When it comes to food, most of us believe in the old adage, “There ain’t no such thing as a free lunch.” If we want to eat, the majority of us either have to pay for a meal at a restaurant or buy ingredients at the grocery store. But not Hank Shaw. A forager since the age of three, Shaw, 41, lives in Orangevale in Sacramento County and has been foraging in the Sierra Nevada since 2004. The author of “Hunt, Gather, Cook: Finding the Forgotten Feast,” creator of the largest wildfood website, “Hunter Angler Gardener Cook,” and leader of the Cedar House Sport Hotel’s forage hike on Donner Summit last year, Shaw believes in getting his food the old-fashioned way — picking it, finding it, or catching it.

So what exactly is foraging? Shaw defines it this way: “Foraging is hunting for things that don’t run away, or if they run away they run very slowly.”

Summer is one of the best times for foraging in the Sierra. So get out your hiking boots, gloves, and backpack, and follow Shaw’s tips for finding these tasty delicacies right in your own backyard.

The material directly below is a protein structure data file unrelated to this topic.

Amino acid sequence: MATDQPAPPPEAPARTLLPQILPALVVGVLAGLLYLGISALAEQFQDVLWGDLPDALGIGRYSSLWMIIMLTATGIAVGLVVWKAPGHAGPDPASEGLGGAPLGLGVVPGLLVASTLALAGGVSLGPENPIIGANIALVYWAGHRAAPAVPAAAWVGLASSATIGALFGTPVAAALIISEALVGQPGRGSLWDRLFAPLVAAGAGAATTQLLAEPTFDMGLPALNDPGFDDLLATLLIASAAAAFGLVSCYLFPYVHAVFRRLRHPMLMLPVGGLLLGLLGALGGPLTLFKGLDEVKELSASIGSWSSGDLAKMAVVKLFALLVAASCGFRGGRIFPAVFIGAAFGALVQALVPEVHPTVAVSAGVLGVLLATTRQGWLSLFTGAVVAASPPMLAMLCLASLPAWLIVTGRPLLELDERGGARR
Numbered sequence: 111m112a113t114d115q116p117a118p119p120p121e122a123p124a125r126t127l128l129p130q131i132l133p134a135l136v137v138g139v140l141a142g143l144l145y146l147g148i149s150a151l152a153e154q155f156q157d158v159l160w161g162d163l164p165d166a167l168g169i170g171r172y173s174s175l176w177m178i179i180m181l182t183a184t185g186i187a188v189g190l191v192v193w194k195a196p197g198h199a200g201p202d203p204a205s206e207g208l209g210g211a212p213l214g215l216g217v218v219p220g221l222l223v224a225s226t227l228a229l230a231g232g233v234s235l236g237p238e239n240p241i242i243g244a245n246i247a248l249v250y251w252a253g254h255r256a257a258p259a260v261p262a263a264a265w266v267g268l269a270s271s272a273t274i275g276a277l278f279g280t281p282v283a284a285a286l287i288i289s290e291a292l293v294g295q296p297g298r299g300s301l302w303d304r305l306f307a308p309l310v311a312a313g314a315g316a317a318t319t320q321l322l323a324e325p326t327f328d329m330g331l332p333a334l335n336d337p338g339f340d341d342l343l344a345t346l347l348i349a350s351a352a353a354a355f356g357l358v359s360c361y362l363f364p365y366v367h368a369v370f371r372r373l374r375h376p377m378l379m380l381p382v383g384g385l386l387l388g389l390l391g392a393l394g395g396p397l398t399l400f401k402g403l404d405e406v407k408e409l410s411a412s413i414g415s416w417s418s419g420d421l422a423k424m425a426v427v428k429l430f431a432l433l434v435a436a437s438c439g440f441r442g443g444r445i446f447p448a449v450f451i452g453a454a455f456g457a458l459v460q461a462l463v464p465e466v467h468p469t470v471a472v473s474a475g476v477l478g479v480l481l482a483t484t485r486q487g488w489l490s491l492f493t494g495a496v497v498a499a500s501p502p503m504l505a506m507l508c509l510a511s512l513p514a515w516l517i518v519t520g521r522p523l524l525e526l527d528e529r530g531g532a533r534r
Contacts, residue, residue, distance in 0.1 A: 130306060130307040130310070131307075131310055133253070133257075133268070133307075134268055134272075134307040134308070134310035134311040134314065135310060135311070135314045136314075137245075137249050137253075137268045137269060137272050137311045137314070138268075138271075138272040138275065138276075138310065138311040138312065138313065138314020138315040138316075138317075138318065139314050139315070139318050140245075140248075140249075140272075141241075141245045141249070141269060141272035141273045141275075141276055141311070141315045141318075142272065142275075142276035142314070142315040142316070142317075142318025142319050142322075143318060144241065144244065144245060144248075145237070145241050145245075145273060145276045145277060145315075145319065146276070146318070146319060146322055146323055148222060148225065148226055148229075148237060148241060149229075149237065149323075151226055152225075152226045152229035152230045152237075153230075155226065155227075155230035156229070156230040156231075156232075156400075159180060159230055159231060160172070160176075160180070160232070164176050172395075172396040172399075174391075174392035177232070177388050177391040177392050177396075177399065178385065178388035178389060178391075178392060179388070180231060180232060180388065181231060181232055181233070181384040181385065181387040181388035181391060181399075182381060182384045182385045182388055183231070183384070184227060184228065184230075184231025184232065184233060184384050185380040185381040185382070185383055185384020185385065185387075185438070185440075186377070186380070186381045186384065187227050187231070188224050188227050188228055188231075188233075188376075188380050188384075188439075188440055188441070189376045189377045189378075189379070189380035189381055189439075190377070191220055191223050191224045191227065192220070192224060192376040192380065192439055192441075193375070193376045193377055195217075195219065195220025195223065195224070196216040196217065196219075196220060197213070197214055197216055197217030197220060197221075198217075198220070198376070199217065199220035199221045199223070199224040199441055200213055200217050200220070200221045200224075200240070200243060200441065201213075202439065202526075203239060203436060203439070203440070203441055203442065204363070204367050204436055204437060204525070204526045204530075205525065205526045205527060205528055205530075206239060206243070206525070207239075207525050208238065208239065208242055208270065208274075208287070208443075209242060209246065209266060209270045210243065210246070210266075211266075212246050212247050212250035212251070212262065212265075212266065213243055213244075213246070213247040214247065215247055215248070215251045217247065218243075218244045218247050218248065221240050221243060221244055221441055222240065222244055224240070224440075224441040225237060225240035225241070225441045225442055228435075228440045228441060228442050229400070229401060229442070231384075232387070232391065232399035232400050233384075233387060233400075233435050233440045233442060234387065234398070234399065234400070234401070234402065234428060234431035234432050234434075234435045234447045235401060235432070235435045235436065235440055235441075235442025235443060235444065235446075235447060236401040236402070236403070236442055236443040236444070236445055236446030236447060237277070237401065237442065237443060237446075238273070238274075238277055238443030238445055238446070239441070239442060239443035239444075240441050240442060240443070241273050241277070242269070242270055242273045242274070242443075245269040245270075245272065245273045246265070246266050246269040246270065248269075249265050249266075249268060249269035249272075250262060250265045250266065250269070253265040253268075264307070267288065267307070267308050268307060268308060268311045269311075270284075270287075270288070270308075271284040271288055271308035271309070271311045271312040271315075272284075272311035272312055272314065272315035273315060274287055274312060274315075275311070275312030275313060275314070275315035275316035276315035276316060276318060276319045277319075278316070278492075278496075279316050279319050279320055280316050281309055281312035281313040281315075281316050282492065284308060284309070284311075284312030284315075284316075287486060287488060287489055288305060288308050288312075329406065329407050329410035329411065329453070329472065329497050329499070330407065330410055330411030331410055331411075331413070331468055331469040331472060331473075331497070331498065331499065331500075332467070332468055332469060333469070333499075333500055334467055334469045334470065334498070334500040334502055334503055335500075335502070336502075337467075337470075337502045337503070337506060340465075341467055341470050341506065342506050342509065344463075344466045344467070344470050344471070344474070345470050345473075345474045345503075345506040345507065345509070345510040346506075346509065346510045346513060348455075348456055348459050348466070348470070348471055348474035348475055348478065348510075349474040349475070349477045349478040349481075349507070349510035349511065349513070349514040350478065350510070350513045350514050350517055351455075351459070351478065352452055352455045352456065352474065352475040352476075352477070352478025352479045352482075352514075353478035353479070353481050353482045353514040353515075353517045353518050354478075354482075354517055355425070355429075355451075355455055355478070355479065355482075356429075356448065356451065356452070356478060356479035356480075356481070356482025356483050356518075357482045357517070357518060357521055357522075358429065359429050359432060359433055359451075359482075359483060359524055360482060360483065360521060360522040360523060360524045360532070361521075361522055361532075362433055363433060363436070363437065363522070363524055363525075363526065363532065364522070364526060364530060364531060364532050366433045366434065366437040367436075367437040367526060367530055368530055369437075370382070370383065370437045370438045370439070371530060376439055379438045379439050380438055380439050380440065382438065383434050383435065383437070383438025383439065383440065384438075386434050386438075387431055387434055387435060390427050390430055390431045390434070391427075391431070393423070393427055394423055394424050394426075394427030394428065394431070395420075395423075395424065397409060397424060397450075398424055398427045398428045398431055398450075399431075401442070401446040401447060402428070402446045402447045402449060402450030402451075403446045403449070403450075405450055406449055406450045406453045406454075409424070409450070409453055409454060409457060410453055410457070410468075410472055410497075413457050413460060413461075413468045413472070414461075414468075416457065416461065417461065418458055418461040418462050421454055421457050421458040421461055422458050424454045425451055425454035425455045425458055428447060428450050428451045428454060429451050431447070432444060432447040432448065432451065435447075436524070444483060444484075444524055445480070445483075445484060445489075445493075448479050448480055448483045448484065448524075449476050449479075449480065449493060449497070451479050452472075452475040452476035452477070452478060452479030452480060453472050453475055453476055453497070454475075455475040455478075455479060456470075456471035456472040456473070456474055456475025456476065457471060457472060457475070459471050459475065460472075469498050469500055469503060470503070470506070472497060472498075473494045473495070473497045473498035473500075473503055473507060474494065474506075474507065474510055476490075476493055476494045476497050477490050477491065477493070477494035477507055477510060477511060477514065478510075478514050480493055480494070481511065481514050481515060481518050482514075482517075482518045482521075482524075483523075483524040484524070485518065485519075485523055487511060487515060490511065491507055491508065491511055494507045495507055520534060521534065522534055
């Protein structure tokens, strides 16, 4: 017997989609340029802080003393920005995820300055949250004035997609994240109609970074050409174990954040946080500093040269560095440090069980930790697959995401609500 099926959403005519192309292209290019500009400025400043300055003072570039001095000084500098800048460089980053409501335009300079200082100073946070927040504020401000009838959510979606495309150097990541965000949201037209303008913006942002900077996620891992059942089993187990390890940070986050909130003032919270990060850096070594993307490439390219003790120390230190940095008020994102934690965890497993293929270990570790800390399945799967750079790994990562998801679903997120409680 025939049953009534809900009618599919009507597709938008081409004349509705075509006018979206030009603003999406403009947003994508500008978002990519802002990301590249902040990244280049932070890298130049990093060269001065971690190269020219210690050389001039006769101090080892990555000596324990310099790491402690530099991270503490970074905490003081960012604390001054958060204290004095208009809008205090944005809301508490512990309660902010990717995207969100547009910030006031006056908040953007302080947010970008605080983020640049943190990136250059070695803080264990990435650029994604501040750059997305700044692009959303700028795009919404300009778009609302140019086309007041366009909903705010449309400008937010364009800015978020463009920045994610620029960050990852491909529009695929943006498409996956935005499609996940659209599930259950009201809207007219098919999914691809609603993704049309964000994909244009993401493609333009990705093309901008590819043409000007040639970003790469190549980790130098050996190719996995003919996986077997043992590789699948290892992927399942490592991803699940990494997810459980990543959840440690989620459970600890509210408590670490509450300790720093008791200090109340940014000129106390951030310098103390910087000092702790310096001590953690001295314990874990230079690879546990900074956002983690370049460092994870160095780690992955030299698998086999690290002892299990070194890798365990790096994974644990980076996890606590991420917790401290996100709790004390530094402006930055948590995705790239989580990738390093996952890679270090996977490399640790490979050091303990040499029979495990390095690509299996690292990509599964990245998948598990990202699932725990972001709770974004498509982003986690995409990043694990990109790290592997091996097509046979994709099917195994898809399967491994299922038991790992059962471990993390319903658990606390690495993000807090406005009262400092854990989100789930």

We are at the end of mushroom season, but the higher elevation you go, the more likely you are to find edible fungi. Morels finished at the end of June, and the spring porcini mushroom flush, which began in April at 3,000 feet, has moved up the mountain, following the moisture. The best place to find porcinis in July, according to Shaw, is at the highest elevations after a summer thunderstorm.

“No moisture, no mushrooms,” Shaw said.

Porcinis are a type of bolete mushroom. You can find king and butter boletes now, while queen boletes show up in the fall. At $42 a pound, the queen “is the prize,” said Shaw.


Currants are starting to appear, as well as gooseberries at 3,000 feet. Look for ripe berries on south-facing slopes. Gooseberries are covered in spikes, so you need gloves, Shaw warns. There are 12 different species of both types of berries, which can be found in scrubby areas. Gooseberries range from green to deep scarlet, and the juice makes for “phenomenal” syrup and jelly, according to Shaw. Currants also come in different colors; Shaw recommends the red ones (the blue and golden ones are only found near Shasta and Lassen). Manzanita berries can be used if they are dried. Throw them in a coffee grinder to make manzanita sugar, which can be used for baking or in coffee. It has a taste similar to apples, and Shaw recommends it for sweetening chamomile tea. Or you can heat the berries with water, mash with a potato masher, and then strain for manzanita cider.

“The trick is not to let the boiling water cover it,” said Shaw. “It brings out the bitter tannins.”

What to Look for in the Fall

Hazelnuts are the first to become ripe. Shaw finds them between 5,000 to 6,000 feet at the edges of pine forest areas.

Sit down to a forage dinner

Mountain Area Preservation hosts a Sierra Forage Dinner, Aug. 4, at the Cedar House. Info: alexis@mapf.org, (530) 582-6751